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How do I visualize plots containing lines that exactly overlap in certain regions such that it is clear what lines are underneath.

This question is inspired by Best way to plot nearly identically overlapping data? but with the difference that the plots exactly overlap. I thus don't want to highlight the difference I want to somehow visualize the multiple lines.

For example, for two lines the following solutions would still work

ListPlot[{{{1, 1}, {2, 2}, {3, 3}}, {{1, 1}, {2, 2}, {3, 4}}}, 
 Joined -> True, PlotLegends -> {"a", "b"}, 
 PlotStyle -> {Dashed, Opacity[0.5]}]

But what do I do if I have more overlapping lines? Any good ideas?

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Use Thickness in descending order. I'm exaggerating here, but you see the idea:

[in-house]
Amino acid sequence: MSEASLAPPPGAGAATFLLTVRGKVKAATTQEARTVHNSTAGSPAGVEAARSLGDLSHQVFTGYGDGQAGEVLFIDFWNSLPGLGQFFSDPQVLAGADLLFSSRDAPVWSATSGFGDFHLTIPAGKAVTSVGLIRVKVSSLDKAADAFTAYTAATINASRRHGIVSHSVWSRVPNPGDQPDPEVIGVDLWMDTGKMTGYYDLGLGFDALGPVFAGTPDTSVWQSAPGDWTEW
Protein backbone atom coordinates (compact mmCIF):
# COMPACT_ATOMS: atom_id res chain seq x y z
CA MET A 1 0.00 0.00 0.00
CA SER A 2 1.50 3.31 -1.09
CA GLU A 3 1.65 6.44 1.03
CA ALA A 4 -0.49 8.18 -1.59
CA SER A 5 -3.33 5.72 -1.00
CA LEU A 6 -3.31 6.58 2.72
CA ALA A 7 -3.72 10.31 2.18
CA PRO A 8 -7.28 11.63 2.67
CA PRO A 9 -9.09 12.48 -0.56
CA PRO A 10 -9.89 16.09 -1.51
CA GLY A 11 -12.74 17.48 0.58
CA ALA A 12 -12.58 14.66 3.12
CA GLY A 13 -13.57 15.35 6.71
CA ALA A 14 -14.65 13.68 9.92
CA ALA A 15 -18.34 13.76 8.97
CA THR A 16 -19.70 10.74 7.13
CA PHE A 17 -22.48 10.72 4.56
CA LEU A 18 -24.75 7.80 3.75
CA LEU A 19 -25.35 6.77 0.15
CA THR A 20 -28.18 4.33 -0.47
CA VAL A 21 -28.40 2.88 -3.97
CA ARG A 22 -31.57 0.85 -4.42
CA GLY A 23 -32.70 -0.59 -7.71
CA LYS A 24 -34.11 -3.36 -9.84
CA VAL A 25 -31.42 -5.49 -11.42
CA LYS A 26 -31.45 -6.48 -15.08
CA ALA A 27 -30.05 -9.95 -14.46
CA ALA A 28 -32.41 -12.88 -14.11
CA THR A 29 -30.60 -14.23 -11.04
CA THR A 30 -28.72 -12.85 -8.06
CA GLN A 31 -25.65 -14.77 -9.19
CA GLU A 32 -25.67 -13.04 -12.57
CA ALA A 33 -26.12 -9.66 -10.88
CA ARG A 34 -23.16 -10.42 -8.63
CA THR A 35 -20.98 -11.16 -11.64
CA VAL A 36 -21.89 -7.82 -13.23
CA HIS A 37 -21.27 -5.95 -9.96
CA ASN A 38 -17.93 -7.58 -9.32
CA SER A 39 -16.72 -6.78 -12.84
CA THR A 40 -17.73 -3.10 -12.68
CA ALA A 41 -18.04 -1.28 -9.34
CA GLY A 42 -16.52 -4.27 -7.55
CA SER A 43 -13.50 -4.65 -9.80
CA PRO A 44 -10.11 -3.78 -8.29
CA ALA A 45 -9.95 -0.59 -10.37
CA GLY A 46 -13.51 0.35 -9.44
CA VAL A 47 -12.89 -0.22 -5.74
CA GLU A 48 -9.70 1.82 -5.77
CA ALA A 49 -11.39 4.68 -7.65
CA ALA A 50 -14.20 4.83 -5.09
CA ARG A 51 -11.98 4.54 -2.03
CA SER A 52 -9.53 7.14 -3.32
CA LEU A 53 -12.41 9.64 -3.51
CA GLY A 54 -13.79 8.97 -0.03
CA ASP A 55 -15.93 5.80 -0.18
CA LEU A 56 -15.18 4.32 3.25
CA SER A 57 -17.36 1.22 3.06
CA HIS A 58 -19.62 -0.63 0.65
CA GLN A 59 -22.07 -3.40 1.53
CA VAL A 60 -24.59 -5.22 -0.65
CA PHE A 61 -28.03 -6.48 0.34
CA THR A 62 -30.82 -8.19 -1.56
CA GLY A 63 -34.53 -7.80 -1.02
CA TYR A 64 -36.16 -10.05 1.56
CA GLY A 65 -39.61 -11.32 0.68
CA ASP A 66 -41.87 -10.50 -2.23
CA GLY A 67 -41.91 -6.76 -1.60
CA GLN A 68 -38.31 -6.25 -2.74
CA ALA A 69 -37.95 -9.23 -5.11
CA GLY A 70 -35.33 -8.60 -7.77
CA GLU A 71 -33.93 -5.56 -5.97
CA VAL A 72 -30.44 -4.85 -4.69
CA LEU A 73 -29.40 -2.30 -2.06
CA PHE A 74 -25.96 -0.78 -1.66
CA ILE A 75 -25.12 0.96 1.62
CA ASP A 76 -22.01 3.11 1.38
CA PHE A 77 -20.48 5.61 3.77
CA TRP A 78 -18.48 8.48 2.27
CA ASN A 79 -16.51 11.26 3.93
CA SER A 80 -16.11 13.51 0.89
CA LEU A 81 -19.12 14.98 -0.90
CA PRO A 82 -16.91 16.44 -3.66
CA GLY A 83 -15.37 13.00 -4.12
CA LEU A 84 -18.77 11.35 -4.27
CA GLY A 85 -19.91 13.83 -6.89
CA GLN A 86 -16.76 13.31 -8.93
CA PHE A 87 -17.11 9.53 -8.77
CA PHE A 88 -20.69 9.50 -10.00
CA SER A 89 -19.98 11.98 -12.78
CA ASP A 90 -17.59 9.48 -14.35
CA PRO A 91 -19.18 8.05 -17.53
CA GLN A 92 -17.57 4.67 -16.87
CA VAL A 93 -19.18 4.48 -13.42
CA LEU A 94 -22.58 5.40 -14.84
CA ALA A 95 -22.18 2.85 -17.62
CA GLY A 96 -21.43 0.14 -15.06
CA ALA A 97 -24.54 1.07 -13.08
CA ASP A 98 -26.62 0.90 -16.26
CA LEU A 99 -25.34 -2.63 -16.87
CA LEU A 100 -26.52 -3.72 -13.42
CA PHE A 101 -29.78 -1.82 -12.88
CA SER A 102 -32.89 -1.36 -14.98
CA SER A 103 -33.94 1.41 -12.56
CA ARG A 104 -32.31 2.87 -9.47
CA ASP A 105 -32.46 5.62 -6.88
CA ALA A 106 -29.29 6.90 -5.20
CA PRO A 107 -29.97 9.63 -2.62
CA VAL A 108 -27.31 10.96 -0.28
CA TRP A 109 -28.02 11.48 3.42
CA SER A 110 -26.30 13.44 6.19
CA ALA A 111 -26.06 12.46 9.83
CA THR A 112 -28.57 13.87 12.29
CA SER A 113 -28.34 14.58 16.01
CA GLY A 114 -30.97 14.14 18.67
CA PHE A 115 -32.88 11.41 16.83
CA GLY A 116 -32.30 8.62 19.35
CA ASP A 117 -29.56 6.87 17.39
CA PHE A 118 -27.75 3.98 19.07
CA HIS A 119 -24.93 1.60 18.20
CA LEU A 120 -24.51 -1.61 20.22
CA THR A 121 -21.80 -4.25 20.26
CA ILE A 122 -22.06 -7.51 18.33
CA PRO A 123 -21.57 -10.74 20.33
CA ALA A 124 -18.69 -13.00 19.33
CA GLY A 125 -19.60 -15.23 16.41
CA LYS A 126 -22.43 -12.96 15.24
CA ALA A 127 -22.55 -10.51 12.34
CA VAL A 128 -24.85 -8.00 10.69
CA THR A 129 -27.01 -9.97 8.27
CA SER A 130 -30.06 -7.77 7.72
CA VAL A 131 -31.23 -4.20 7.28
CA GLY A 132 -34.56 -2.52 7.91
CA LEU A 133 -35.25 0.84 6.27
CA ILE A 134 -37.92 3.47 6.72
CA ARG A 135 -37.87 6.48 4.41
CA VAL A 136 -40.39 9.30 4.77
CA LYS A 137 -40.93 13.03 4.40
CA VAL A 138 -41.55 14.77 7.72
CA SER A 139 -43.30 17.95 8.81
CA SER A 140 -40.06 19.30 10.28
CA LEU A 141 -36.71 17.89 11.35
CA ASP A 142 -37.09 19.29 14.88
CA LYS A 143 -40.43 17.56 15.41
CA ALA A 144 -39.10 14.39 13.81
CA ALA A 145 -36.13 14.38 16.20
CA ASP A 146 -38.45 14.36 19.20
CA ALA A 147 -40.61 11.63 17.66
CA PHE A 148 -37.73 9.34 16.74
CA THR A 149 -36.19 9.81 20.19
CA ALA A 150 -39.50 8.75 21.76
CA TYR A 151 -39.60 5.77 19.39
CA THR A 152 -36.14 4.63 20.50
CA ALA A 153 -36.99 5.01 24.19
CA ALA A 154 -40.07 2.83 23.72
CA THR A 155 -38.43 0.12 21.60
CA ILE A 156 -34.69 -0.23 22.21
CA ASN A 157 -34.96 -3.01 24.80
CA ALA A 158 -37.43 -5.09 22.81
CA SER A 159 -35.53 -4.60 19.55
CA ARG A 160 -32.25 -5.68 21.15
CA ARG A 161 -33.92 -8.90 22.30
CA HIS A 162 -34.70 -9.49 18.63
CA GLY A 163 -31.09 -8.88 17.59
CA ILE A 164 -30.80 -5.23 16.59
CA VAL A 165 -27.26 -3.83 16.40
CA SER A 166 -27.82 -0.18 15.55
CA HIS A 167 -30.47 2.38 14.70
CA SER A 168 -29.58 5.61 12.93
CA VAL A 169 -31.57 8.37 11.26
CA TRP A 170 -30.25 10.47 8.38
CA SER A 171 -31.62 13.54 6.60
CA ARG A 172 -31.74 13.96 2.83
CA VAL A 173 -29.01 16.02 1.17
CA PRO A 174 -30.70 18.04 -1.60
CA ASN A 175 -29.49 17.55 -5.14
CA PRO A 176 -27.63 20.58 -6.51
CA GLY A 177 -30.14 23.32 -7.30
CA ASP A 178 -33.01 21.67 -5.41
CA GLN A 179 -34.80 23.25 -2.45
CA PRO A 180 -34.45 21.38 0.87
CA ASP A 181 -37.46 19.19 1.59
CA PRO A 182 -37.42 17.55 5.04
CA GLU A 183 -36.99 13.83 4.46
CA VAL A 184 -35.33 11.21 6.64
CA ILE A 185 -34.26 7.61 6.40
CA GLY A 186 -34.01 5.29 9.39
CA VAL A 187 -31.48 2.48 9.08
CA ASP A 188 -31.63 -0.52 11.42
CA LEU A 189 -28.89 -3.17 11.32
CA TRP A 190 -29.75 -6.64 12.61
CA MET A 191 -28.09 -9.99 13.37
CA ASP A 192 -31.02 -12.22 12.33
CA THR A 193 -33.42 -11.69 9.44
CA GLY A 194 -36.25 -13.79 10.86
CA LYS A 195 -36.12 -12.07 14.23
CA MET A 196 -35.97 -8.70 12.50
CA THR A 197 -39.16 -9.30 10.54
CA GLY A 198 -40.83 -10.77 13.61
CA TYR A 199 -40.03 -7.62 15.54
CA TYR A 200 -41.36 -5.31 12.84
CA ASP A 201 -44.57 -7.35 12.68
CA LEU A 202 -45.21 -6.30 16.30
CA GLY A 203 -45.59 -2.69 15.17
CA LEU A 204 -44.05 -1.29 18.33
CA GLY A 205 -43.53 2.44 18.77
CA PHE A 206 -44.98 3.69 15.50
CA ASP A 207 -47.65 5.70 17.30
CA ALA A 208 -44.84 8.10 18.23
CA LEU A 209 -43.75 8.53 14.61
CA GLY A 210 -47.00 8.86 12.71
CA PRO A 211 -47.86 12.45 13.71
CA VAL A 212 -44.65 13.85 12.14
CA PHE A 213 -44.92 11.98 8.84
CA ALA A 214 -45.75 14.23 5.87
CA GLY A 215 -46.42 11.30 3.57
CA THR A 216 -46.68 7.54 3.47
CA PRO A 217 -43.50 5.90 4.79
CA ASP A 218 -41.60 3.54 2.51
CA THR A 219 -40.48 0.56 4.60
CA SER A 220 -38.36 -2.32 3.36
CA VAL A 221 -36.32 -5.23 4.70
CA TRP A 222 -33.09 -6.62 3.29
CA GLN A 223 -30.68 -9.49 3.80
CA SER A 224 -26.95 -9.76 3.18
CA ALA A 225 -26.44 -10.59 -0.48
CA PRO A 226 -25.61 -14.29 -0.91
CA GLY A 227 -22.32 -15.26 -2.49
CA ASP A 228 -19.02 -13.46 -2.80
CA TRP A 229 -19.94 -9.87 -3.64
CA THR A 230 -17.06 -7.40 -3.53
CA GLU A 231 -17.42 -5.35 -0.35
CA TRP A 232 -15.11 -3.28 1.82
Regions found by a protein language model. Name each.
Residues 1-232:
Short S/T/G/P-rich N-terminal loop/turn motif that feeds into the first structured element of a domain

Plot[{0, x, x^2, x^3}, {x, -1, 1}, Frame -> True, Axes -> False, 
  PlotStyle -> Thickness /@ {0.04, 0.03, 0.02, 0.01}]

enter image description here

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  • $\begingroup$ I like the idea, but in practice it doesn't seem to work so well. You either need a huge difference in thickness, meaning the difference between the thinnest and the thickest line looks ridiculous, or take the difference smaller but then we can't tell them apart again. $\endgroup$ – Kvothe May 3 at 12:01
  • $\begingroup$ I agree, and would suggest combining this technique with others like Opacity, Dashed, etc. It's not a stand-alone solution. $\endgroup$ – Roman May 3 at 12:03

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